Experts explore the persisting digital gender gap in digital government research and practice and present a vision for future research in this special issue of Information Polity
Amsterdam, NL – While the literature on the digital divide has widely addressed the digital gender gap, its potential implications for electronic government (e-government) / digital government research and practice have hardly been studied. In this special issue of Information Polity experts characterize the current state of understanding of the issues surrounding digital government and gender and present an agenda for future research.
Gender is a neglected topic in the literature on digital government. According to the International Telecommunications Union, women are lagging behind men in making use of the Internet in almost two thirds of countries worldwide. Overall, the proportion of all women using the Internet globally is 48%, compared with 58% of all men. More men than women use the Internet in every region of the world except in the Americas, where the gender gap continues to hover around zero, and in the European Union (EU), where the percentage of men using the Internet in 2020 was around 90% percent, compared with 88% of women.
“Science, math, and quantitative fields in general have always been perceived as male fields,” explained the guest co-editors. “Despite the progress made in the last few years, technology is still seen as a tool for men. A more comprehensive view on gender is needed that includes male authors discussing gender issues and that also focuses on men and the differences between men and women, but in addition to the LGBTQ collective.”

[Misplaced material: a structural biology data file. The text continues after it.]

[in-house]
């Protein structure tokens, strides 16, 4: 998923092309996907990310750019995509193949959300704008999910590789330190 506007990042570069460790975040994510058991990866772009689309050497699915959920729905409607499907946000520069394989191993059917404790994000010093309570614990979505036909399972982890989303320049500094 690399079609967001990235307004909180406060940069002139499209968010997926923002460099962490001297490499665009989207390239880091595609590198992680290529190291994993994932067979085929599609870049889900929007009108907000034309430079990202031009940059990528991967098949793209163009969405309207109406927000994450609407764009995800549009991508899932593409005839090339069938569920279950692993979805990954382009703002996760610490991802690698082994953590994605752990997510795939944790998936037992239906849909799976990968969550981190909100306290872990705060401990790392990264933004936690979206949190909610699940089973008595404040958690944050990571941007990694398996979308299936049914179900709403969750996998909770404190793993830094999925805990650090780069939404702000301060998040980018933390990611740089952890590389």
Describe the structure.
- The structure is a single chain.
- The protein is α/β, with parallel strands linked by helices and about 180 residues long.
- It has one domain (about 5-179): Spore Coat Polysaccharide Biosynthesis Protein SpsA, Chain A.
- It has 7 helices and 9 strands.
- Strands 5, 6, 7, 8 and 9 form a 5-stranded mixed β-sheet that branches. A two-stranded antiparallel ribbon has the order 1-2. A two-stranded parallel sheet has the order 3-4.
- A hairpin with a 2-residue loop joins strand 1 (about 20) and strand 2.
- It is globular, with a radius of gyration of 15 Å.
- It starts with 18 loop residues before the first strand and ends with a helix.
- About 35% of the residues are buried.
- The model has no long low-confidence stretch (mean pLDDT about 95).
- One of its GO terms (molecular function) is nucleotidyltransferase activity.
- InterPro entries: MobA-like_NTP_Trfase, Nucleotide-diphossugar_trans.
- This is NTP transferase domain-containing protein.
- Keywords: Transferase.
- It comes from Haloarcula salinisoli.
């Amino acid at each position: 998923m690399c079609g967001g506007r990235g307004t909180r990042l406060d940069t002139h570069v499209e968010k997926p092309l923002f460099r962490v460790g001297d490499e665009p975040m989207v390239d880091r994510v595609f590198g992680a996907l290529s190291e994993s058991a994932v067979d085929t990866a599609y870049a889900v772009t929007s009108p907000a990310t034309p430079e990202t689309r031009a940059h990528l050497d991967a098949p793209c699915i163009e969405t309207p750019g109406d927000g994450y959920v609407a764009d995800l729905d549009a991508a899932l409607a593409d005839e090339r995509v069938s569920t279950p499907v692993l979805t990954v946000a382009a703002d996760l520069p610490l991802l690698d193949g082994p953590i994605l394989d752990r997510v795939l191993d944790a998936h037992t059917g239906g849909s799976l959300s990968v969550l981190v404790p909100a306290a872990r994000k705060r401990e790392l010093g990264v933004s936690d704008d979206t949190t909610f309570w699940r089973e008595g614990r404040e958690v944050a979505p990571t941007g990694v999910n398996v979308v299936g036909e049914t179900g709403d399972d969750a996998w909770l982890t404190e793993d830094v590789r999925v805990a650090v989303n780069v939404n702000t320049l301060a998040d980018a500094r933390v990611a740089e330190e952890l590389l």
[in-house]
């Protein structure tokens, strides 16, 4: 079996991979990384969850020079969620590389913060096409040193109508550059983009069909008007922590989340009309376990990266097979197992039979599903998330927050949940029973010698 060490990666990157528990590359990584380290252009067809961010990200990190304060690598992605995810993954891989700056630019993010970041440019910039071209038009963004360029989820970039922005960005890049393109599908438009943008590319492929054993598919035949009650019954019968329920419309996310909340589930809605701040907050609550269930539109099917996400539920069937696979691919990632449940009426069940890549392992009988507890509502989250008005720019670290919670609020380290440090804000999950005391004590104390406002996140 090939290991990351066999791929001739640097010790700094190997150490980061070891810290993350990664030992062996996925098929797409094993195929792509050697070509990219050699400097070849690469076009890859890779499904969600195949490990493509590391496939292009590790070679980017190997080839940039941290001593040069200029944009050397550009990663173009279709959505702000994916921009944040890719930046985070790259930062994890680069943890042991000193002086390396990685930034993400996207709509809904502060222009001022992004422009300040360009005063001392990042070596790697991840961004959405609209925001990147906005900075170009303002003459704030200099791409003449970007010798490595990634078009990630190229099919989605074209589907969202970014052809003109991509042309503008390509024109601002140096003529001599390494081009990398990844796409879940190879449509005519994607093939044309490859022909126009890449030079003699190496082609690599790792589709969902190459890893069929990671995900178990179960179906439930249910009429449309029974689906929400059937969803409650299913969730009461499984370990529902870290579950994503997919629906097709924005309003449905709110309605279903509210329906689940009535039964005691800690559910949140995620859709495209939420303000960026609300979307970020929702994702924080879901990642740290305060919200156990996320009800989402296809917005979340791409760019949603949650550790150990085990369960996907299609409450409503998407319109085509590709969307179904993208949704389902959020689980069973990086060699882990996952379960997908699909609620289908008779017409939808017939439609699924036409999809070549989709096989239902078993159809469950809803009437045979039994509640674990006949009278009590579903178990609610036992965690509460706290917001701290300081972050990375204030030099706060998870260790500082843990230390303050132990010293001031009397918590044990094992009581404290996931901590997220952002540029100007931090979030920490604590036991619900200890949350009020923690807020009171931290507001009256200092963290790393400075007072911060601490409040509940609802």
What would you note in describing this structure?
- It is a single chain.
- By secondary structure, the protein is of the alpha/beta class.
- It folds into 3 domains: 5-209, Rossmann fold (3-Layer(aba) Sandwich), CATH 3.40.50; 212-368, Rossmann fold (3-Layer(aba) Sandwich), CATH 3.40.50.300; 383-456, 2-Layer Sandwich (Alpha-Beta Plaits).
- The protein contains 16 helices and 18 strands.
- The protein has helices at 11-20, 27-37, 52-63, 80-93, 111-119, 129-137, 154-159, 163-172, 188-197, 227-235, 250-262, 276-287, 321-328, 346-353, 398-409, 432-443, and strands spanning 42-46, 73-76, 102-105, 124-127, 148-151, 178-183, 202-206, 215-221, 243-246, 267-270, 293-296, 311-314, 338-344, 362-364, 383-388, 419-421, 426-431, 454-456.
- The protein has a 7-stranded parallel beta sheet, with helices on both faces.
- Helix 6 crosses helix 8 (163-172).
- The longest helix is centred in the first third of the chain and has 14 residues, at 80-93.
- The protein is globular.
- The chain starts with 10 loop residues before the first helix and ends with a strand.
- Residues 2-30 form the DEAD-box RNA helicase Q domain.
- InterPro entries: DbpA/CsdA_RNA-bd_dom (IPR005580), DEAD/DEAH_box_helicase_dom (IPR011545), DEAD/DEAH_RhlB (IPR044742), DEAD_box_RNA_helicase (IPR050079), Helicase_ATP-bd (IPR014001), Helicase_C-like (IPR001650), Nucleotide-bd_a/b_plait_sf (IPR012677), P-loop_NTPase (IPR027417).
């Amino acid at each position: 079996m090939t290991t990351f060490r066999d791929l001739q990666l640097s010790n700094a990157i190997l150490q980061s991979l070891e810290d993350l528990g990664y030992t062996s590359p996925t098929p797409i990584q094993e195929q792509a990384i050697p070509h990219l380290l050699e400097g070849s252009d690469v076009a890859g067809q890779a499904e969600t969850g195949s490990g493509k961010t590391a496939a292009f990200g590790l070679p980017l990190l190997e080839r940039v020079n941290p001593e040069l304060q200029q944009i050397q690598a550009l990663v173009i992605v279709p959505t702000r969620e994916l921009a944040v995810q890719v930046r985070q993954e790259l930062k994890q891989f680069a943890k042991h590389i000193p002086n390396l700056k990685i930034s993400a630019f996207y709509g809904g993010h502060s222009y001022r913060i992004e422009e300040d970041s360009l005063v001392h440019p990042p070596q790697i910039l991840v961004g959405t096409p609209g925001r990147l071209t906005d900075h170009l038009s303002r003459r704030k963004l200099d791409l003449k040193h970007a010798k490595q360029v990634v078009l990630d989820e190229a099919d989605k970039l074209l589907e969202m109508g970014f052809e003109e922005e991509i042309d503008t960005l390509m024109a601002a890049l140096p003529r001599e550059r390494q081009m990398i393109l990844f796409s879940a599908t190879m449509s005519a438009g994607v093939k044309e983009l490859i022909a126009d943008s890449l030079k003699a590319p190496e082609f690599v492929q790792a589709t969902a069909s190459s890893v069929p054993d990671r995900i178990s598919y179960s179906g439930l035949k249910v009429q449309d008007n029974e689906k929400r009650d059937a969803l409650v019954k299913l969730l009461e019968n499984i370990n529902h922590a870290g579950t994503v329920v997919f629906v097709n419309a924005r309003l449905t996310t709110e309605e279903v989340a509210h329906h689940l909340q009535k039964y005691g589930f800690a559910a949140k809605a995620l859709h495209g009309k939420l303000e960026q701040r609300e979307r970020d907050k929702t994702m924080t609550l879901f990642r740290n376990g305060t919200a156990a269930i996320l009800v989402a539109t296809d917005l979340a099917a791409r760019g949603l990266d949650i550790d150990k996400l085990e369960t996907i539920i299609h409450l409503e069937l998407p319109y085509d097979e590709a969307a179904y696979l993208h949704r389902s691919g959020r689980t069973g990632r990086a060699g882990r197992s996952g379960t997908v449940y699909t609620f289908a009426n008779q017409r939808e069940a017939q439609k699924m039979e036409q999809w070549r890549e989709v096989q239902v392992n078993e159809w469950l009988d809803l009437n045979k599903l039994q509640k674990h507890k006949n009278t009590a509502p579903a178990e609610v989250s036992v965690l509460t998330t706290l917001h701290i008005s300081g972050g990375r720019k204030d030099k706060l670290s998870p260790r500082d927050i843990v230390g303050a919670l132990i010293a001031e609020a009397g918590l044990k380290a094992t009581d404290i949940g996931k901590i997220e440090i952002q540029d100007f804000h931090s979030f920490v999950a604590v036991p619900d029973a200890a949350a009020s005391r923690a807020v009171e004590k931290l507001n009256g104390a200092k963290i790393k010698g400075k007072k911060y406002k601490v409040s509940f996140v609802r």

“Most published studies to date have focused on adoption and use of technologies by women, but we also need deeper insights into the impact of technology on the quality of life of women,” the guest co-editors remarked. “We need to collect more gender-sensitive data on the usage of digital government services in order to better understand women’s needs and design services accordingly.”
This special issue presents five articles, two book reviews, and a comparative country report that characterize the current state of understanding to raise awareness of the issues and open an opportunity to build a research agenda on digital government and gender. The articles in this issue revolve around:
The study of gender and technology in government
The use of electronic government services and implications for the digital gender gap
The gender difference in the continuance intention to e-file income tax returns in Pakistan
The use of social media as a promising communication tool by mayors in Canada, which is more accessible to women than mainstream media
A comparison of the AI policy frameworks of the European Union and Spain
The development of digital governance in Mongolia and Taiwan
A review of two books: African Women, ICT and Neoliberal Politics, by Assata Zerai, and Data Feminism, by Catherine D’Ignazio and Lauren Klein